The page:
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One of the regular Pileus bloggers asked me to elaborate on a claim I made briefly in my earlier discussion of BHL. I had said “there is an intra-libertarian debate [that it is useful to have about philosophical justification: is a system of individual rights ultimately justified because it accrues the best results for the poor, or is it justified for some other reason(s), and has the beneficial characteristic of accruing the best results for the poor?” and suggested I thought it was the latter. The idea that the social order can only be justified if it brings about the best results for the worst off, which is a prominent feature of Rawlsian welfare-state liberalism, has been employed as a rationale for classical-liberal non-redistributionist policies. I certanily like the irony that the chief heuristic of redistributionist theory undermines redistributionist institutions. And, as I said in the orginal post, I appreciate the positive outreach effects of noting that free market policies help everyone prosper, especially the poor. But I am hesitant to agree that the Rawslian principle is why we should have free markets. For one thing, I think we should have free markets for the same reason I think we should be free generally. I do not differentiate “civil liberty” and “economic liberty.” The latter is simply the manifestation-in-transactions of the former. Without the freedom to transact, my “freedom to choose” is pretty superficial. Rawls himself argues that we must have a system of equal freedom to choose and believe and think and speak – rights that cannot be trumped by social utility. It is only trading and acquiring rights that he says can be interfered with. But as Nozick demonstrated, you cannot interfere with transactional freedom without simultaneously interfering with freedom of choice. There are not two kinds of liberty, civil and economic, there’s just liberty (although there are of course different contexts in which we talk about liberty). And I think liberty is a necessary component of human flourishing. Humans cannot achieve virtue and happiness by coercion. “Rights” should be understood as a way to secure the possibility of self-directed activity in the social setting. The social order is thus justified if it is one which protects individual rights, and unjustified otherwise. That is the why of classical liberalism. The fact that classical liberalism and free markets help the poor better than redistributive statism is a great thing, both intrinsically and in terms of explaining its virtues to others. But the justification must be something else, something universal. Put it another way: if everyone were wealthy, would individual rights no longer be important? Of course not.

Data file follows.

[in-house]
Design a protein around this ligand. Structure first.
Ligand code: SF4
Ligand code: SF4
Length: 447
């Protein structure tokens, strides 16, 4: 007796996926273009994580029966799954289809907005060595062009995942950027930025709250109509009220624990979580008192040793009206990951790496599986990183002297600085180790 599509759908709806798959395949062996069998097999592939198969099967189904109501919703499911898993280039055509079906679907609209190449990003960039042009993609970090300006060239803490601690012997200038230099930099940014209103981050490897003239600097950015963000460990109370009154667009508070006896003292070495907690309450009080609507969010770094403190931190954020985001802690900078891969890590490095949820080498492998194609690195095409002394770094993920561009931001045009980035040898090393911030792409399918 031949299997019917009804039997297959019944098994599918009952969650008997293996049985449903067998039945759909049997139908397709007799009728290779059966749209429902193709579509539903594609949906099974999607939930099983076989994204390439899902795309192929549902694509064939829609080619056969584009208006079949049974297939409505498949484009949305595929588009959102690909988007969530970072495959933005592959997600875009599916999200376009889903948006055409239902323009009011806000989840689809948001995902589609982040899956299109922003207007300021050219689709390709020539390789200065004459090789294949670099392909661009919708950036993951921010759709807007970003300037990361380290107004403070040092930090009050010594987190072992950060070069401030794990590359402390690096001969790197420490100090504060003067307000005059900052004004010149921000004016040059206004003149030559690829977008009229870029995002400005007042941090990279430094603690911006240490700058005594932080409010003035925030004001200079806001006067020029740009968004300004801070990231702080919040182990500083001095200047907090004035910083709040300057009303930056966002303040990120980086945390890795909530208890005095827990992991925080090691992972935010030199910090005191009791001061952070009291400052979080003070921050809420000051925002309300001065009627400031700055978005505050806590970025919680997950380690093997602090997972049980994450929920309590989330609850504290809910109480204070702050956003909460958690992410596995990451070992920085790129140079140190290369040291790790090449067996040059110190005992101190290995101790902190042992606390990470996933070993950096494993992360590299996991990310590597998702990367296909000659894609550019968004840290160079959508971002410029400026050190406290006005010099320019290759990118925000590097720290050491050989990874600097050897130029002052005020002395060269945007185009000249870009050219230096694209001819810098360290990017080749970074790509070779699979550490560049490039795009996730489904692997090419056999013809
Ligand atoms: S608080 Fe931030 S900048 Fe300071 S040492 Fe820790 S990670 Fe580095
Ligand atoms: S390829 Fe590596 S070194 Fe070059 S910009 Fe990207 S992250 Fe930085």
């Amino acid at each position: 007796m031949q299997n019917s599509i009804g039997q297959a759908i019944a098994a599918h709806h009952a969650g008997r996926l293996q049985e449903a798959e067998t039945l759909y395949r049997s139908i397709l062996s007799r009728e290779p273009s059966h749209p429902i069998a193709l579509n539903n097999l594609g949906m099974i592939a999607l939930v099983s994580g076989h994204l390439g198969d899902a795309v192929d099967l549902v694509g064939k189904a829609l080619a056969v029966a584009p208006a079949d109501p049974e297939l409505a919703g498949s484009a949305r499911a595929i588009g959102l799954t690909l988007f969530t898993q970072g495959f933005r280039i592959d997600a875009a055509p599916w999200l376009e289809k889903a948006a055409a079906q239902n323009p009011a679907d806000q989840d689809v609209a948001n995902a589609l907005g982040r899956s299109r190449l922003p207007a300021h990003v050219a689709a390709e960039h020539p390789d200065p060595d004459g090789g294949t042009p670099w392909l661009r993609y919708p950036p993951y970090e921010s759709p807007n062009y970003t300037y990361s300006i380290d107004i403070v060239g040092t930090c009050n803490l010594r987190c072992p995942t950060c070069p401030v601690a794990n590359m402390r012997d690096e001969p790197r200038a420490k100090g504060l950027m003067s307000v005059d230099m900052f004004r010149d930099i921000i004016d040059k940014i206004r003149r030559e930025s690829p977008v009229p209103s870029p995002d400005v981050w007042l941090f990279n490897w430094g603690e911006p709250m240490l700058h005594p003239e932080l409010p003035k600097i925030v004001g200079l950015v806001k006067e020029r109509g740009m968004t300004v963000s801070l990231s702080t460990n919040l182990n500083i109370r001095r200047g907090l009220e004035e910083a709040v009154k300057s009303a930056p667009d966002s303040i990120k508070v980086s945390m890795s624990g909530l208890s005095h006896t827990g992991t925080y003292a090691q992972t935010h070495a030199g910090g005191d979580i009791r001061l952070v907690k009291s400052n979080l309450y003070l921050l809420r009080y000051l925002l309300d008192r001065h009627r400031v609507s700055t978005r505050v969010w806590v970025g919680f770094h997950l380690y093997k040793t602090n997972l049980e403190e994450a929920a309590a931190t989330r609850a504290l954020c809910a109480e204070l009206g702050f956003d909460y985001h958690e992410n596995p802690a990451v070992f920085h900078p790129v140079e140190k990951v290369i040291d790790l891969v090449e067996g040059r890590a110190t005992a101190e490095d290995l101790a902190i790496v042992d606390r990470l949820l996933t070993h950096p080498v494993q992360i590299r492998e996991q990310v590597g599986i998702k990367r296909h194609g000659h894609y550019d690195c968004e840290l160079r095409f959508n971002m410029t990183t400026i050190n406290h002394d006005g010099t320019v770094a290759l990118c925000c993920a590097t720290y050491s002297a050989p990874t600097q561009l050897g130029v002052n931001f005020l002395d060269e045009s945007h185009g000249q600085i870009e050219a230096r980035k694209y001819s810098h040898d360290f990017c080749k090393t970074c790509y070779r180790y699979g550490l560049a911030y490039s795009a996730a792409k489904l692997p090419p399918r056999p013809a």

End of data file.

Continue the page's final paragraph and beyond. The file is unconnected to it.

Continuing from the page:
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Judge Napolitano, an eloquent advocate of liberty, is in fine form here, in his discussion of the relevance of natural law theory to immigration. I was especially pleased with his observation that politicians are at most fair-weather friends of natural law: “This view of the natural law is sweet to the heart and pleasing to the ear when politicians praise it at patriotic events, but it is also a bane to them when it restrains their exercise of the coercive powers of the government.” This is correct- the idea of natural rights, moral rights that are not created by governments, is (for them) a convenient rhetorical device, to be discarded as soon as they perceive that it would be more popular to frame an issue in terms of “practical solutions,” “being realistic,” or “the compromises necessary in a democracy.” Politicians and pundits both left and right do this: on positions they favor, it’s wrong for the government to interfere with the exercise of natural rights, but when the subject is something they oppose, positivism rules. Judge Napolitano surprised a “conservative” talk show host recently by invoking natural rights as a trump against nativist sentiment. Specifically, he argues that “Our fundamental human rights are not conditioned or even conditionable on the laws or traditions of the place where our mothers were physically located when we were born. They are not attenuated because our mothers were not in the United States at the moment of our births. Stated differently, we all possess natural rights, no more and no less than any others. All humans have the full panoply of freedom of choice in areas of personal behavior protected from governmental interference by the natural law, no matter where they were born. Americans are not possessed of more natural rights than non-Americans….” He goes on to show why the government has no right to interfere with freedom of movement. (It furthermore has no right to prevent you or me from hiring whomever we want or selling/renting land to them.) Politicians and pundits on the right aren’t comfortable with the language of natural rights when it comes to issues like marriage or immigration. Their counterparts on the left aren’t comfortable with such language when it comes to issues like self-defense or trading. The Judge gets it. I wonder how the national discussion of rights would go if he had the audience of Paul Krugman, Rachel Maddow, Pat Buchanan.